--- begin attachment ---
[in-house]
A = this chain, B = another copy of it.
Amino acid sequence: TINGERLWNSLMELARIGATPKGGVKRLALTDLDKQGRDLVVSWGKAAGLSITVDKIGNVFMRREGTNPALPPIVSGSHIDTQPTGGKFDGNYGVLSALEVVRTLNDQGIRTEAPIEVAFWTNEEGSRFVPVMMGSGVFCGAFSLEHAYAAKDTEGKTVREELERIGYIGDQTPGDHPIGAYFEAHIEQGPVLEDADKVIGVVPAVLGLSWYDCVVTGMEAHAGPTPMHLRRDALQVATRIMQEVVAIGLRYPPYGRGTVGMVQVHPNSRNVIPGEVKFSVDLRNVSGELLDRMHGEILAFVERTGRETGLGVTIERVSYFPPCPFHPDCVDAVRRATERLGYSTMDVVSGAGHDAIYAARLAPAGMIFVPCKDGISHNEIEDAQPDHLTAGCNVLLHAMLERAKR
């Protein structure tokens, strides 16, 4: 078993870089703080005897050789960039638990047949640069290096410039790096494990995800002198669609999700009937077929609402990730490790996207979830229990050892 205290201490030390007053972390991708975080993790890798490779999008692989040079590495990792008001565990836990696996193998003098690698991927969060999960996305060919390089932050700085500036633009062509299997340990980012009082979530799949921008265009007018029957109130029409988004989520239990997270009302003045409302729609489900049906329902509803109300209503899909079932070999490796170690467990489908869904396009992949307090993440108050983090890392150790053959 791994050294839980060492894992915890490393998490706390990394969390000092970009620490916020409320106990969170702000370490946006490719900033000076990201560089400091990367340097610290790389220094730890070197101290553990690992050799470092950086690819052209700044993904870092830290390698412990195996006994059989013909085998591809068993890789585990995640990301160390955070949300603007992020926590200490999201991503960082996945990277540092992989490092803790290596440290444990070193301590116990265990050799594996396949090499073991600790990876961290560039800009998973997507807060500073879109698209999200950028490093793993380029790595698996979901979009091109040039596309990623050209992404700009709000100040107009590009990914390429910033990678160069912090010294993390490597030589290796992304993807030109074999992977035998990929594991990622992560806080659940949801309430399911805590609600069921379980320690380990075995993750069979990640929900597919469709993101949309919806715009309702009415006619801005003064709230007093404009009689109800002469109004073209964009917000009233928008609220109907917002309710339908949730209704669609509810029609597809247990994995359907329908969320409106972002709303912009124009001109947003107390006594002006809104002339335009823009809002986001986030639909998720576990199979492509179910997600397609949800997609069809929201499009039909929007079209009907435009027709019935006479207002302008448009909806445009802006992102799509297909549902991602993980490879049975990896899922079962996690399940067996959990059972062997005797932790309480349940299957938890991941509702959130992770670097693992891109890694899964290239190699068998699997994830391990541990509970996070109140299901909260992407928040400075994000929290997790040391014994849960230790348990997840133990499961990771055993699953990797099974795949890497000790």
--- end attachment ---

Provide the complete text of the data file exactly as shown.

[in-house]
A = this chain, B = another copy of it.
Amino acid sequence: TINGERLWNSLMELARIGATPKGGVKRLALTDLDKQGRDLVVSWGKAAGLSITVDKIGNVFMRREGTNPALPPIVSGSHIDTQPTGGKFDGNYGVLSALEVVRTLNDQGIRTEAPIEVAFWTNEEGSRFVPVMMGSGVFCGAFSLEHAYAAKDTEGKTVREELERIGYIGDQTPGDHPIGAYFEAHIEQGPVLEDADKVIGVVPAVLGLSWYDCVVTGMEAHAGPTPMHLRRDALQVATRIMQEVVAIGLRYPPYGRGTVGMVQVHPNSRNVIPGEVKFSVDLRNVSGELLDRMHGEILAFVERTGRETGLGVTIERVSYFPPCPFHPDCVDAVRRATERLGYSTMDVVSGAGHDAIYAARLAPAGMIFVPCKDGISHNEIEDAQPDHLTAGCNVLLHAMLERAKR
């Protein structure tokens, strides 16, 4: 078993870089703080005897050789960039638990047949640069290096410039790096494990995800002198669609999700009937077929609402990730490790996207979830229990050892 205290201490030390007053972390991708975080993790890798490779999008692989040079590495990792008001565990836990696996193998003098690698991927969060999960996305060919390089932050700085500036633009062509299997340990980012009082979530799949921008265009007018029957109130029409988004989520239990997270009302003045409302729609489900049906329902509803109300209503899909079932070999490796170690467990489908869904396009992949307090993440108050983090890392150790053959 791994050294839980060492894992915890490393998490706390990394969390000092970009620490916020409320106990969170702000370490946006490719900033000076990201560089400091990367340097610290790389220094730890070197101290553990690992050799470092950086690819052209700044993904870092830290390698412990195996006994059989013909085998591809068993890789585990995640990301160390955070949300603007992020926590200490999201991503960082996945990277540092992989490092803790290596440290444990070193301590116990265990050799594996396949090499073991600790990876961290560039800009998973997507807060500073879109698209999200950028490093793993380029790595698996979901979009091109040039596309990623050209992404700009709000100040107009590009990914390429910033990678160069912090010294993390490597030589290796992304993807030109074999992977035998990929594991990622992560806080659940949801309430399911805590609600069921379980320690380990075995993750069979990640929900597919469709993101949309919806715009309702009415006619801005003064709230007093404009009689109800002469109004073209964009917000009233928008609220109907917002309710339908949730209704669609509810029609597809247990994995359907329908969320409106972002709303912009124009001109947003107390006594002006809104002339335009823009809002986001986030639909998720576990199979492509179910997600397609949800997609069809929201499009039909929007079209009907435009027709019935006479207002302008448009909806445009802006992102799509297909549902991602993980490879049975990896899922079962996690399940067996959990059972062997005797932790309480349940299957938890991941509702959130992770670097693992891109890694899964290239190699068998699997994830391990541990509970996070109140299901909260992407928040400075994000929290997790040391014994849960230790348990997840133990499961990771055993699953990797099974795949890497000790």